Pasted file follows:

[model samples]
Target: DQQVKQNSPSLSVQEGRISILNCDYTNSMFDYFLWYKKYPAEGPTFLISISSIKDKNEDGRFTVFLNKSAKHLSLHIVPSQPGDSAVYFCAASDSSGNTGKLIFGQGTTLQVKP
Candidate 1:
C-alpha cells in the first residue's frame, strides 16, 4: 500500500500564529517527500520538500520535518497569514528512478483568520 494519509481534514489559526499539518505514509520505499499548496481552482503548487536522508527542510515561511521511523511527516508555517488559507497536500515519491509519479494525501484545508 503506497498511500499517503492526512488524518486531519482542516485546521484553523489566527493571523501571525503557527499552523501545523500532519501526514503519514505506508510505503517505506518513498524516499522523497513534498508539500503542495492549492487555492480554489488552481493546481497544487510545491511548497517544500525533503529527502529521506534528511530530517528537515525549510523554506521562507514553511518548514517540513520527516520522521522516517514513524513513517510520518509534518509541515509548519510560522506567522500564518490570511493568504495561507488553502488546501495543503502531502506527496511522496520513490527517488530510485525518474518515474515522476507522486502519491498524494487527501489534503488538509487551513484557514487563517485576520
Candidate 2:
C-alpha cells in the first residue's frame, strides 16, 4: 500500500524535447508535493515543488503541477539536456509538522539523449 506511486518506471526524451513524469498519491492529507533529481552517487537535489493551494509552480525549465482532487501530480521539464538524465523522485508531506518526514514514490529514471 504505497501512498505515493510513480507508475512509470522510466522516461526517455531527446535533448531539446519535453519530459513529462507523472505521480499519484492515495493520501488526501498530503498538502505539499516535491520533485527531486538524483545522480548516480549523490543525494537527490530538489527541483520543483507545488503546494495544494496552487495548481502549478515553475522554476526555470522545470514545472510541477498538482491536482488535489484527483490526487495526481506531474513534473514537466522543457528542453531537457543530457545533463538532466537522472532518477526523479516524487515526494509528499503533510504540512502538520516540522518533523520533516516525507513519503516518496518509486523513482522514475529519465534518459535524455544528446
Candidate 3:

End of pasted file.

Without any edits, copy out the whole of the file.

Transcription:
[model samples]
Target: DQQVKQNSPSLSVQEGRISILNCDYTNSMFDYFLWYKKYPAEGPTFLISISSIKDKNEDGRFTVFLNKSAKHLSLHIVPSQPGDSAVYFCAASDSSGNTGKLIFGQGTTLQVKP
Candidate 1:
C-alpha cells in the first residue's frame, strides 16, 4: 500500500500564529517527500520538500520535518497569514528512478483568520 494519509481534514489559526499539518505514509520505499499548496481552482503548487536522508527542510515561511521511523511527516508555517488559507497536500515519491509519479494525501484545508 503506497498511500499517503492526512488524518486531519482542516485546521484553523489566527493571523501571525503557527499552523501545523500532519501526514503519514505506508510505503517505506518513498524516499522523497513534498508539500503542495492549492487555492480554489488552481493546481497544487510545491511548497517544500525533503529527502529521506534528511530530517528537515525549510523554506521562507514553511518548514517540513520527516520522521522516517514513524513513517510520518509534518509541515509548519510560522506567522500564518490570511493568504495561507488553502488546501495543503502531502506527496511522496520513490527517488530510485525518474518515474515522476507522486502519491498524494487527501489534503488538509487551513484557514487563517485576520
Candidate 2:
C-alpha cells in the first residue's frame, strides 16, 4: 500500500524535447508535493515543488503541477539536456509538522539523449 506511486518506471526524451513524469498519491492529507533529481552517487537535489493551494509552480525549465482532487501530480521539464538524465523522485508531506518526514514514490529514471 504505497501512498505515493510513480507508475512509470522510466522516461526517455531527446535533448531539446519535453519530459513529462507523472505521480499519484492515495493520501488526501498530503498538502505539499516535491520533485527531486538524483545522480548516480549523490543525494537527490530538489527541483520543483507545488503546494495544494496552487495548481502549478515553475522554476526555470522545470514545472510541477498538482491536482488535489484527483490526487495526481506531474513534473514537466522543457528542453531537457543530457545533463538532466537522472532518477526523479516524487515526494509528499503533510504540512502538520516540522518533523520533516516525507513519503516518496518509486523513482522514475529519465534518459535524455544528446
Candidate 3: